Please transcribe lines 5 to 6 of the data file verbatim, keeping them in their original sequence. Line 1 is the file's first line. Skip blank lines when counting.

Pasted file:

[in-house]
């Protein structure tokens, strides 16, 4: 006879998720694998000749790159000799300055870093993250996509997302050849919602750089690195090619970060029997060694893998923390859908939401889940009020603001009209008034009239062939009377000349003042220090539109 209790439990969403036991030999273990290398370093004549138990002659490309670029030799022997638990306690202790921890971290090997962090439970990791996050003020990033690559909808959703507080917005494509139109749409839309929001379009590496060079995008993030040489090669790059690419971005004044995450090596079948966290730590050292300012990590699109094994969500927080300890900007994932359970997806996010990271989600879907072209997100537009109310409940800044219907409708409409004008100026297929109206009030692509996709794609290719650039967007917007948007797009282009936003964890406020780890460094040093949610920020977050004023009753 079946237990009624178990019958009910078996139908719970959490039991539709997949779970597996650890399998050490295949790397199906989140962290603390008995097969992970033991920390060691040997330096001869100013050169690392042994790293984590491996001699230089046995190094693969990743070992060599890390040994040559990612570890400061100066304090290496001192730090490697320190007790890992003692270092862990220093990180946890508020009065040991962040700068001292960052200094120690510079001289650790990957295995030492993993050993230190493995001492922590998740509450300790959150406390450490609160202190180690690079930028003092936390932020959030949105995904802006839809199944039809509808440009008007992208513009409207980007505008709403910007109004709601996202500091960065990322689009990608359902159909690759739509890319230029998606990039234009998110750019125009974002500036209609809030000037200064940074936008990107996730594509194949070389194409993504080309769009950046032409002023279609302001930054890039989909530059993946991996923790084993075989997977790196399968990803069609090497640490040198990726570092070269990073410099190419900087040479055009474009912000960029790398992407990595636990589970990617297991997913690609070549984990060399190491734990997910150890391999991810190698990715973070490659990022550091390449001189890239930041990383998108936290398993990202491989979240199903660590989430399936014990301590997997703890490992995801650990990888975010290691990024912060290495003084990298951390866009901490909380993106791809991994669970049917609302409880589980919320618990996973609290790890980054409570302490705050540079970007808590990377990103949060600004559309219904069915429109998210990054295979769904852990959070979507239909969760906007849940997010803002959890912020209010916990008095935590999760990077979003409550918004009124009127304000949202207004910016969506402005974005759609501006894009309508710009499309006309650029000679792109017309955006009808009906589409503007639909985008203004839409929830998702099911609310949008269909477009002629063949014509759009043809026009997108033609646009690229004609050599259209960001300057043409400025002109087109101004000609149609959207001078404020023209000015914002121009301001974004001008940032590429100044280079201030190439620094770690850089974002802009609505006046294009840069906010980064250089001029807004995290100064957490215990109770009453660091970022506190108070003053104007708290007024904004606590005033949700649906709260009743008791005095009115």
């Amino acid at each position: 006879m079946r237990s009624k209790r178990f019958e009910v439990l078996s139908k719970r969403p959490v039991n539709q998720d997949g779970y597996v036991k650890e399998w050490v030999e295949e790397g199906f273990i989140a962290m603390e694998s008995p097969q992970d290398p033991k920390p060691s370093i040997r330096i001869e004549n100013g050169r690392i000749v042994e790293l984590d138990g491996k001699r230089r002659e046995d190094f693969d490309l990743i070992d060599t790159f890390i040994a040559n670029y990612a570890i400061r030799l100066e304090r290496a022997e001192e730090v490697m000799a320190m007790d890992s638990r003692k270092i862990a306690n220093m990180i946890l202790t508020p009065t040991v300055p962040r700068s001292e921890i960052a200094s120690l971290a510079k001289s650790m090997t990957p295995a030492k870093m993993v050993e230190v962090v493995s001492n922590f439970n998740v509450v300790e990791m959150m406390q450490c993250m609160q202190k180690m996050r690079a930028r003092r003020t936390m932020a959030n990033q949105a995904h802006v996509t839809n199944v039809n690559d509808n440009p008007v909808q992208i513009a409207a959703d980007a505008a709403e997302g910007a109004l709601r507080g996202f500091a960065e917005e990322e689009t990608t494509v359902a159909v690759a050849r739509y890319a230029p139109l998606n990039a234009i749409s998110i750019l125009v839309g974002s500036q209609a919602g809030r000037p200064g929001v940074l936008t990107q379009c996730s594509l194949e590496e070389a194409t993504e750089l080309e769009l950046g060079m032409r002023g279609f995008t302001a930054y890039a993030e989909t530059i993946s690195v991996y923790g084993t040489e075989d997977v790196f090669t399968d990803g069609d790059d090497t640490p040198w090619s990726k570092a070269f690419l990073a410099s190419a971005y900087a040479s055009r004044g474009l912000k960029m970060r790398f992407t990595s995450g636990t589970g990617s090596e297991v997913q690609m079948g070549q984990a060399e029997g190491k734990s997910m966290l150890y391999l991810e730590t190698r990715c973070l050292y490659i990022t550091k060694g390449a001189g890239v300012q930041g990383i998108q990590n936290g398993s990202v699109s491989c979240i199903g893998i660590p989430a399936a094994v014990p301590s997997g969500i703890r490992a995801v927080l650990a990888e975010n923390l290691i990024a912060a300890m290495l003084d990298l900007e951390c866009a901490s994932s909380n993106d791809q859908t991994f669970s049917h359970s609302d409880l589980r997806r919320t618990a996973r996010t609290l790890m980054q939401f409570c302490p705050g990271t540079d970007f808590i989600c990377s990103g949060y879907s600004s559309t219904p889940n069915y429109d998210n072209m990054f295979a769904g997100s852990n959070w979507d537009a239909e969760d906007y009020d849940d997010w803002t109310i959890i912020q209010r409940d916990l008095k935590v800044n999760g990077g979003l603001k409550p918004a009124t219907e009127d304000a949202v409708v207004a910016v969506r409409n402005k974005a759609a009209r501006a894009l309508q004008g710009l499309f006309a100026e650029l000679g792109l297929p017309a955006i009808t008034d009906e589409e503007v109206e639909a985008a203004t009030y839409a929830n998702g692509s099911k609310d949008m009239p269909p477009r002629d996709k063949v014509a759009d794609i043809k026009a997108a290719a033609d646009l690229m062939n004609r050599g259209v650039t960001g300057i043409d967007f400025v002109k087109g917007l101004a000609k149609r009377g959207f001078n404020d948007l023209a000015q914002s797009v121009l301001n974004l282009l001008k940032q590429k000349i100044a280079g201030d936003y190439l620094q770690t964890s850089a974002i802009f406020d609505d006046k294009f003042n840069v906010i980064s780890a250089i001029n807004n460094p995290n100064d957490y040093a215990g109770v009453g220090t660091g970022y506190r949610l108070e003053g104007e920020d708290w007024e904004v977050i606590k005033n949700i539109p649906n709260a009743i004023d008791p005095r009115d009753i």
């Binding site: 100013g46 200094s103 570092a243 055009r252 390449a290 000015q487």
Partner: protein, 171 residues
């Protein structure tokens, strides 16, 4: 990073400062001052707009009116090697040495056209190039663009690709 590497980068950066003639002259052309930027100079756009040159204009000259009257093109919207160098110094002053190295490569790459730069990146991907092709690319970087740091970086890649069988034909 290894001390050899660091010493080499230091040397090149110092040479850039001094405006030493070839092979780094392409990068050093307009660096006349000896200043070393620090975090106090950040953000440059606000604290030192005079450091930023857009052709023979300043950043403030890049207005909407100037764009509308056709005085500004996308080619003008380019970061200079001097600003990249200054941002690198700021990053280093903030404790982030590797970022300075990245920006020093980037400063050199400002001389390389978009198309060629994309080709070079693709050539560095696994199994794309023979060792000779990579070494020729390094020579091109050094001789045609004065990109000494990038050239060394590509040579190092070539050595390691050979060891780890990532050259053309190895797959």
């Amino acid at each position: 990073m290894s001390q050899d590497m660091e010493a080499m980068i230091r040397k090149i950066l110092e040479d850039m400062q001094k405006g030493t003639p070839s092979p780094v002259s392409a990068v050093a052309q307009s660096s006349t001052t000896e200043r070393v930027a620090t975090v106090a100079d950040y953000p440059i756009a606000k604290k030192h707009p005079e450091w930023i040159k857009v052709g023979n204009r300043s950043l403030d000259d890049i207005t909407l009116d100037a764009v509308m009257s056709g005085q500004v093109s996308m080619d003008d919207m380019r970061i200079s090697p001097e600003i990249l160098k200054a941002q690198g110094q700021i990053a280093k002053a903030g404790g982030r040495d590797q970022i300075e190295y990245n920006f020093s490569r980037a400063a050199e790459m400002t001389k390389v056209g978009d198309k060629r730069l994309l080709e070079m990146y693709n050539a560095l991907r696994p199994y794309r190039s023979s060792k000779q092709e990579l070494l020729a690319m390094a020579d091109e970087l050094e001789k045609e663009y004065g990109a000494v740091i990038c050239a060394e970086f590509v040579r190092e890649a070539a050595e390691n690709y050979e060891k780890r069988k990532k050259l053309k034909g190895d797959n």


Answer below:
Partner: protein, 171 residues
């Protein structure tokens, strides 16, 4: 990073400062001052707009009116090697040495056209190039663009690709 590497980068950066003639002259052309930027100079756009040159204009000259009257093109919207160098110094002053190295490569790459730069990146991907092709690319970087740091970086890649069988034909 290894001390050899660091010493080499230091040397090149110092040479850039001094405006030493070839092979780094392409990068050093307009660096006349000896200043070393620090975090106090950040953000440059606000604290030192005079450091930023857009052709023979300043950043403030890049207005909407100037764009509308056709005085500004996308080619003008380019970061200079001097600003990249200054941002690198700021990053280093903030404790982030590797970022300075990245920006020093980037400063050199400002001389390389978009198309060629994309080709070079693709050539560095696994199994794309023979060792000779990579070494020729390094020579091109050094001789045609004065990109000494990038050239060394590509040579190092070539050595390691050979060891780890990532050259053309190895797959």